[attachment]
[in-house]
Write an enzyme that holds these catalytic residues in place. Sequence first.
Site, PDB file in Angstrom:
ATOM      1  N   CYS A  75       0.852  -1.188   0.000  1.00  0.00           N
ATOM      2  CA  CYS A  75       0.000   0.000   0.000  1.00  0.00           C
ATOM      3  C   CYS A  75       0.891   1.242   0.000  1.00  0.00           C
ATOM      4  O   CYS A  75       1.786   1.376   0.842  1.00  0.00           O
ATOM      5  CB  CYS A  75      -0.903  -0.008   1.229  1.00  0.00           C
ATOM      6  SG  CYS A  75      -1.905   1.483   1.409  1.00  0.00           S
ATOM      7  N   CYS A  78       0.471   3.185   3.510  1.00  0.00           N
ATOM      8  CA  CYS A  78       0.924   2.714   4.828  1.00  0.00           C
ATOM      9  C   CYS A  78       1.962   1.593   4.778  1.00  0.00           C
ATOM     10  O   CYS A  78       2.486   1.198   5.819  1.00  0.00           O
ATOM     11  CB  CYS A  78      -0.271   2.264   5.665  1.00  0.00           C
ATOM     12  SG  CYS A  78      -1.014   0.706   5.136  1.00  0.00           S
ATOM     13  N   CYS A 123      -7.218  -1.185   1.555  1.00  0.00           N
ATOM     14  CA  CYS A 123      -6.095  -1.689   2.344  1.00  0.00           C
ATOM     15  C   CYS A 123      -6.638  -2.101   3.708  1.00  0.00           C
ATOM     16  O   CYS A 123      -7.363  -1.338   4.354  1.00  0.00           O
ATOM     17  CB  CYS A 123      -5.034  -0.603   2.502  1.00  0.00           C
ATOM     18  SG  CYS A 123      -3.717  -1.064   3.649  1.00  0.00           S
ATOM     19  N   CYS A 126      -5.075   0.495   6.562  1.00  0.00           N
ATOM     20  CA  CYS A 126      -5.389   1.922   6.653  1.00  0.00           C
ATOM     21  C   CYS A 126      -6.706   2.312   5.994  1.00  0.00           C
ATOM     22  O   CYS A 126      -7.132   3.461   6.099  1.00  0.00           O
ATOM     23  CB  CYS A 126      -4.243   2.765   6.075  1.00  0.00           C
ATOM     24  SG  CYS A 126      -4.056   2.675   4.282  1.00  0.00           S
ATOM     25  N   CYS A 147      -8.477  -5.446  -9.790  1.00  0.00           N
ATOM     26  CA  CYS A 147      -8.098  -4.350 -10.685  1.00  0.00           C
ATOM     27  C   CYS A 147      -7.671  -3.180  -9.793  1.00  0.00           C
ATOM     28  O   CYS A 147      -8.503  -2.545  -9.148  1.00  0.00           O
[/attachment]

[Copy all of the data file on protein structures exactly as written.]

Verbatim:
[in-house]
Write an enzyme that holds these catalytic residues in place. Sequence first.
Site, PDB file in Angstrom:
ATOM      1  N   CYS A  75       0.852  -1.188   0.000  1.00  0.00           N
ATOM      2  CA  CYS A  75       0.000   0.000   0.000  1.00  0.00           C
ATOM      3  C   CYS A  75       0.891   1.242   0.000  1.00  0.00           C
ATOM      4  O   CYS A  75       1.786   1.376   0.842  1.00  0.00           O
ATOM      5  CB  CYS A  75      -0.903  -0.008   1.229  1.00  0.00           C
ATOM      6  SG  CYS A  75      -1.905   1.483   1.409  1.00  0.00           S
ATOM      7  N   CYS A  78       0.471   3.185   3.510  1.00  0.00           N
ATOM      8  CA  CYS A  78       0.924   2.714   4.828  1.00  0.00           C
ATOM      9  C   CYS A  78       1.962   1.593   4.778  1.00  0.00           C
ATOM     10  O   CYS A  78       2.486   1.198   5.819  1.00  0.00           O
ATOM     11  CB  CYS A  78      -0.271   2.264   5.665  1.00  0.00           C
ATOM     12  SG  CYS A  78      -1.014   0.706   5.136  1.00  0.00           S
ATOM     13  N   CYS A 123      -7.218  -1.185   1.555  1.00  0.00           N
ATOM     14  CA  CYS A 123      -6.095  -1.689   2.344  1.00  0.00           C
ATOM     15  C   CYS A 123      -6.638  -2.101   3.708  1.00  0.00           C
ATOM     16  O   CYS A 123      -7.363  -1.338   4.354  1.00  0.00           O
ATOM     17  CB  CYS A 123      -5.034  -0.603   2.502  1.00  0.00           C
ATOM     18  SG  CYS A 123      -3.717  -1.064   3.649  1.00  0.00           S
ATOM     19  N   CYS A 126      -5.075   0.495   6.562  1.00  0.00           N
ATOM     20  CA  CYS A 126      -5.389   1.922   6.653  1.00  0.00           C
ATOM     21  C   CYS A 126      -6.706   2.312   5.994  1.00  0.00           C
ATOM     22  O   CYS A 126      -7.132   3.461   6.099  1.00  0.00           O
ATOM     23  CB  CYS A 126      -4.243   2.765   6.075  1.00  0.00           C
ATOM     24  SG  CYS A 126      -4.056   2.675   4.282  1.00  0.00           S
ATOM     25  N   CYS A 147      -8.477  -5.446  -9.790  1.00  0.00           N
ATOM     26  CA  CYS A 147      -8.098  -4.350 -10.685  1.00  0.00           C
ATOM     27  C   CYS A 147      -7.671  -3.180  -9.793  1.00  0.00           C
ATOM     28  O   CYS A 147      -8.503  -2.545  -9.148  1.00  0.00           O